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Ghostwriter

Pat Mora: Child's play
By Scott Nicholson
Photo by Cheron Bayna

Pat Mora is a veteran children’s book author, but she admits getting a book published in the field is more than mere child’s play.

Mora is the author of 15 children’s books, five poetry collections and numerous nonfiction works, and is an ardent supporter of childhood reading and multicultural education.

Mora’s most popular children’s books are both based on Hispanic culture and actual people. “Tomas and the Library Lady” tells of a boy’s growing interest in learning to read and going from a humble upbringing in a migrant farm family to being president of a university. Another book tells the story of Juana Ines, a seventeenth-century Mexican poet.

“A Library for Juana: the World of Sor Juana Inéz” (English and Spanish editions) received the 2003 Tomás Rivera Mexican American Children’s Book Award, and “Maria Paints the Hills” was a finalist for the Texas Institute of Letters’ Best Children’s Book, 2003.

Mora became interested in writing children’s books when she was reading to her own three little children. “Like all the other parents and grandparents, I thought, ‘I could do that,’” she said.

It wasn’t so simple, as she found out. She learned that one publishing house received as many as 10,000 unsolicited manuscripts a year, stacking the odds against any new writer. “It’s a minor miracle to have a manuscript selected,” she said.

She was so discouraged by the rejections that she began writing poetry for adults. Once she achieved success with that, friends began encouraging her to try the children’s books again. Her first book was accepted after being rejected 25 times, and then it took eight years before it was published.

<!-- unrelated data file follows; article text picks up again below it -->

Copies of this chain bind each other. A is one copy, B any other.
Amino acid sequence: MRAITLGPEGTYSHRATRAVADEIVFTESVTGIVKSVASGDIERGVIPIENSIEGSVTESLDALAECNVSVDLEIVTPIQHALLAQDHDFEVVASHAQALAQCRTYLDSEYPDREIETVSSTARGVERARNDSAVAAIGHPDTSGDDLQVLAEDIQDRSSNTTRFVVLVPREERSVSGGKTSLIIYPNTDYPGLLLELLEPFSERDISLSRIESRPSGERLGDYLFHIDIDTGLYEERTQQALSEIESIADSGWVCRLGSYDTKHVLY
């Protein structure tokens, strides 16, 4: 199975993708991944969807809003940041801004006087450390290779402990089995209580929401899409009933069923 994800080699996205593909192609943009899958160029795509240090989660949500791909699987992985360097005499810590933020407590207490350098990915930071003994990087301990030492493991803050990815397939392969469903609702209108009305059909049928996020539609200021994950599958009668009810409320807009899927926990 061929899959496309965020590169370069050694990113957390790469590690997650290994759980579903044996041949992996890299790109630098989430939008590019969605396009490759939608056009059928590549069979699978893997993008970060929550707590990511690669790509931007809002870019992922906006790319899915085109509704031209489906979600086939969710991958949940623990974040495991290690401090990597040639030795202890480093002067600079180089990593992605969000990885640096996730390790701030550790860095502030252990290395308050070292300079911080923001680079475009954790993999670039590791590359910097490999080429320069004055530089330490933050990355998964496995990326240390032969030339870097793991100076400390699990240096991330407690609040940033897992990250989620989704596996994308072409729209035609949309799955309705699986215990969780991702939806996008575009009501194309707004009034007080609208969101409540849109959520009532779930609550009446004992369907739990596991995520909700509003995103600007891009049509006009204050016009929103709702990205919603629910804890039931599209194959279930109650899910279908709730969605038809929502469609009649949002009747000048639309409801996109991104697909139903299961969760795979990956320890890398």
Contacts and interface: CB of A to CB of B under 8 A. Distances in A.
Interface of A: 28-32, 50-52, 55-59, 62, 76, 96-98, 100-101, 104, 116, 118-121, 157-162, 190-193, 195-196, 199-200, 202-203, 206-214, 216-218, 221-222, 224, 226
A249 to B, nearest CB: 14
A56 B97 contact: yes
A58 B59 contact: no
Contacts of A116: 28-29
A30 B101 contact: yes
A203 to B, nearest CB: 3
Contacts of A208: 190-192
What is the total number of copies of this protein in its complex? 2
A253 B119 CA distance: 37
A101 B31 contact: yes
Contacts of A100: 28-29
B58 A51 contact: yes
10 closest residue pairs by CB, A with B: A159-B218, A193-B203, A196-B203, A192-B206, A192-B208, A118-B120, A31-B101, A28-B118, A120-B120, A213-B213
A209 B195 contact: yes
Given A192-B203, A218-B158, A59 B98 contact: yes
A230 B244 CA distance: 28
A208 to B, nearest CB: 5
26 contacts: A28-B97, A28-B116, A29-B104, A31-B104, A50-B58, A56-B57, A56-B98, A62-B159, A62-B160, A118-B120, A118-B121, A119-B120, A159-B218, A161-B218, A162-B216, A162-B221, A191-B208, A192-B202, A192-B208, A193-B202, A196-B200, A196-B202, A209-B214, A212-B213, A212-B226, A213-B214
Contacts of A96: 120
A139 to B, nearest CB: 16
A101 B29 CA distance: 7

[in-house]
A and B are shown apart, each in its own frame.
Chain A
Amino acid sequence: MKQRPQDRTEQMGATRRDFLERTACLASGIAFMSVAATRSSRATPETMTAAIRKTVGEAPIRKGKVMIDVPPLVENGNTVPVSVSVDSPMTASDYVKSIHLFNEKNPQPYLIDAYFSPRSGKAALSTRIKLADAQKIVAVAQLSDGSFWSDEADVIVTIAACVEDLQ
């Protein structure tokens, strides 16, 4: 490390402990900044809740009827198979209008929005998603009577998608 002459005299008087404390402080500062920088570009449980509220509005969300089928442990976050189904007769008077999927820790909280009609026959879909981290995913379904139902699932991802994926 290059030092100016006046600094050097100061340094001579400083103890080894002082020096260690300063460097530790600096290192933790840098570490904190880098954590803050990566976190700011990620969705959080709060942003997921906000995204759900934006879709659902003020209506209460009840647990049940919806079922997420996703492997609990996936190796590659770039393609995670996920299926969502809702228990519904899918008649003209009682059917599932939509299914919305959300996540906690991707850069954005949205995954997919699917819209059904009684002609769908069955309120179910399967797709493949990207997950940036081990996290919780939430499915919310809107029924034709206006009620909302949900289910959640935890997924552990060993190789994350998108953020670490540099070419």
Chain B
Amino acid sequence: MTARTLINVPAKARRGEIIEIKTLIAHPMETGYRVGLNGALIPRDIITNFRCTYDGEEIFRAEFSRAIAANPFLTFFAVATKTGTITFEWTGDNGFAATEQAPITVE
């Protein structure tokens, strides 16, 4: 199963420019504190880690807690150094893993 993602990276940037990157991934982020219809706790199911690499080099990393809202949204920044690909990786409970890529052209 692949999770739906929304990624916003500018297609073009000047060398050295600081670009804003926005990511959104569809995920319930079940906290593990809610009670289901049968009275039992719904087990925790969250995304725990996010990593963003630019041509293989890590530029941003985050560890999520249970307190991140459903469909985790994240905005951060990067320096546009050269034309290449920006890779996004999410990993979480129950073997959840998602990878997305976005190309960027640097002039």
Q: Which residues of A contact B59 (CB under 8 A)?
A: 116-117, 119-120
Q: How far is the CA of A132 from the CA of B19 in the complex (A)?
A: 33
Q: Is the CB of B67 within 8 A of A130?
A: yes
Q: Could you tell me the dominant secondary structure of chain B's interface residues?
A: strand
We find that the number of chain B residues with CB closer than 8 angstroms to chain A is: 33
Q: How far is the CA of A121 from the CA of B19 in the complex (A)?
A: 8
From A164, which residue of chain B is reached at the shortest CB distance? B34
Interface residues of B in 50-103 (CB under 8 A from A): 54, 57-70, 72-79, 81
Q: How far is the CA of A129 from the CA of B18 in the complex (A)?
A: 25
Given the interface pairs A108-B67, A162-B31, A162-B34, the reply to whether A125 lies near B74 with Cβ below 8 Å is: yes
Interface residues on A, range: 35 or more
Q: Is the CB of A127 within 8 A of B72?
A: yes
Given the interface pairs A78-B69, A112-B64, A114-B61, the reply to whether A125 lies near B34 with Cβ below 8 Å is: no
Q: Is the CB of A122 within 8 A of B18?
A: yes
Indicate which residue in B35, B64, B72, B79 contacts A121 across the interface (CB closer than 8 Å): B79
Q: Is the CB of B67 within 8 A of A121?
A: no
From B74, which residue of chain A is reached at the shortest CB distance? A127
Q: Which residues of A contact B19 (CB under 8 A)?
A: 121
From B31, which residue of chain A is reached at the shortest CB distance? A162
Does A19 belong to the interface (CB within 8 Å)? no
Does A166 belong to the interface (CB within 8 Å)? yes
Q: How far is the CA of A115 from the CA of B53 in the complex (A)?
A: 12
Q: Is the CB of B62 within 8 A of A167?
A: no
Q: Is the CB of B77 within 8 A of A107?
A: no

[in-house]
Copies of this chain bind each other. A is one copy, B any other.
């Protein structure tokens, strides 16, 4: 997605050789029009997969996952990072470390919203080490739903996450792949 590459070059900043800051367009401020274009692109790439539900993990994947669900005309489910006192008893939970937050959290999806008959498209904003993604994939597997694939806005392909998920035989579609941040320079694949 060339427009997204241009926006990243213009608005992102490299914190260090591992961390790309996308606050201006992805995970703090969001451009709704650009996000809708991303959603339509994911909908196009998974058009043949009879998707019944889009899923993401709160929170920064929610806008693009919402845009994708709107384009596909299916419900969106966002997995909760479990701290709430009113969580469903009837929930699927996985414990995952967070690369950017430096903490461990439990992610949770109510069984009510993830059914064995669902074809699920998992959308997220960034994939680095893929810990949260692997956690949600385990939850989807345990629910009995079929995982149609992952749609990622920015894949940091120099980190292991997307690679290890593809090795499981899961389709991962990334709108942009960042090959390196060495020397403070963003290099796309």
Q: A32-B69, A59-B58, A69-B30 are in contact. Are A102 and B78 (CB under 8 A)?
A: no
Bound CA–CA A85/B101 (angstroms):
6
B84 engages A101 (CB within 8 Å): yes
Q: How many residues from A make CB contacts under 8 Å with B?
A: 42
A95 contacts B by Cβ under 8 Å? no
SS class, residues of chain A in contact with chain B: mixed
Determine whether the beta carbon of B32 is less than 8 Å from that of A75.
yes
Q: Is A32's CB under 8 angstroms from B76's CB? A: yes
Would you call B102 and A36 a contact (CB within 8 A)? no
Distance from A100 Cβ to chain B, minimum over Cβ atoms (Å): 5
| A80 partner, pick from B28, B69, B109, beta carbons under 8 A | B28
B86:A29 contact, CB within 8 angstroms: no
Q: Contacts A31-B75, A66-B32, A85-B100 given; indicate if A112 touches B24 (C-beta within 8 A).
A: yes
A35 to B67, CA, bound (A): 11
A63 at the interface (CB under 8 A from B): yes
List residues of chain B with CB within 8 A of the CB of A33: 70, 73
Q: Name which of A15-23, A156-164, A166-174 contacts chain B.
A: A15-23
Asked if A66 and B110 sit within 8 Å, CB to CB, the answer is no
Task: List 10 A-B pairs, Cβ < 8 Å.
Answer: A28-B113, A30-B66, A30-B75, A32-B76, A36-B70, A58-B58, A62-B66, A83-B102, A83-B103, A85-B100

The first illustrator chosen by the publisher was rejected after completing all the drawings, and the process had to start over. In the meantime, though, Mora was able to sell other books.

Mora learned one of the first lessons of authorial persistence: “You need to have friends who believe in you.”

As Mora began speaking at schools, she found that students didn’t know what a migrant worker was, so she took on education as an additional part of her mission. “It was a chance to talk to young readers, teachers and librarians about different kinds of heroes,” she said.

To that end, she became involved in spreading what she calls “book joy,” getting children excited about reading at a young age. “If they’re not active readers by the third grade, we’ve lost them,” she said. She’s involved in promoting El día de los niños / El día de los libros, or Children’s Day/Book Day.

Mora said she rarely meets the illustrators for her books, which usually take 18 to 24 months to be published. In her children’s work, she tries to think visually and provide inspiration for the illustrator. She’s currently waiting for illustrators to finish her upcoming children’s books, “The Song of Francis and the Animals,” “Doña Flor,” and “¡Marimba! Animales A-Z,” an alphabet book.

She advised would-be children’s book authors to prepare for rejection. “Your heart will be broken,” she said. However, she said authors shouldn’t worry about trends but should instead find the stories they think are important and need to be told.

Pat Mora's website

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